The Untitled Hymn

By: Jessica Smith

Once there was a world made of words. There were words for creation and for destruction. There were words for war and peace. There were words for land and sea. There were words for everything because everything was made of words in this world crafted by letters. There were words for people. And it was these words that held more than any others the ability to create and destroy.
Once there was a child made of words who lived in a world made of letters. Everywhere the child went, words desperately followed and tried to cling to it, tried to attach a label and a definition and a meaning to the child, but the child didn’t want a label, didn’t want a definition, didn’t want any meaning other than that which the child crafted for itself.
But the other people were made of words and were defined by words and wanted the child to also be defined by words. They nailed letters to the child’s forehead, ripping them off and replacing them as the child grew, leaving a bloody crown of letters adorning the child’s brow. He, boy, man.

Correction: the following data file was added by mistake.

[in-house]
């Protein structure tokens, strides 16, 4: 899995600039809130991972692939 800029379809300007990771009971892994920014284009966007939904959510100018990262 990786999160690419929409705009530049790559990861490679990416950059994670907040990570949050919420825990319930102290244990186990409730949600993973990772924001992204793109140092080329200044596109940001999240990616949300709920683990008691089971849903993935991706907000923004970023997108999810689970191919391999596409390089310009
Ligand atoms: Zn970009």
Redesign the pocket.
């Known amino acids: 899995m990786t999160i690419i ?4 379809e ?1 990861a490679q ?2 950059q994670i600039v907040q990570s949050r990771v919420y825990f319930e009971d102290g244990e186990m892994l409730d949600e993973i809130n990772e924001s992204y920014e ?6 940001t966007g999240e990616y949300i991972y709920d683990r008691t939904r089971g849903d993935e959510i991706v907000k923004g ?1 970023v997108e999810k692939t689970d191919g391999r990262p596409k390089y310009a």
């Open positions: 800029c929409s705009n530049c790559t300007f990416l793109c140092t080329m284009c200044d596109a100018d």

And when the child was a man and the skin had started to creep up around the word on its forehead, internalizing the letters, making them apart of the child’s own self, there came a new set of words, a new set of definition, a new set of meanings. Children who were no longer children, with no scars on their foreheads and clean neat letters spelled out on their chests proclaiming them women, began to push words on the child. Straight, sexual, masculine. But the child didn’t want those words, didn’t need those words, didn’t need a meaning beyond the one the child created for itself.
But the other people were made of words and wanted those words and needed to impose those words on the child. They pinned those words to the child’s chest like lifeless butterflies on display in a museum. And the child’s heart stuttered and ached and was made motionless by the pins restraining it and the skin began to creep over the pins and the letters and began making them apart of the child’s very self. And the child was left with more scars in the shape of words it didn’t want but was forced to bear and the child was so tired and sore and weighed down by the weight of the letters nailed to its forehead and pinned to its chest.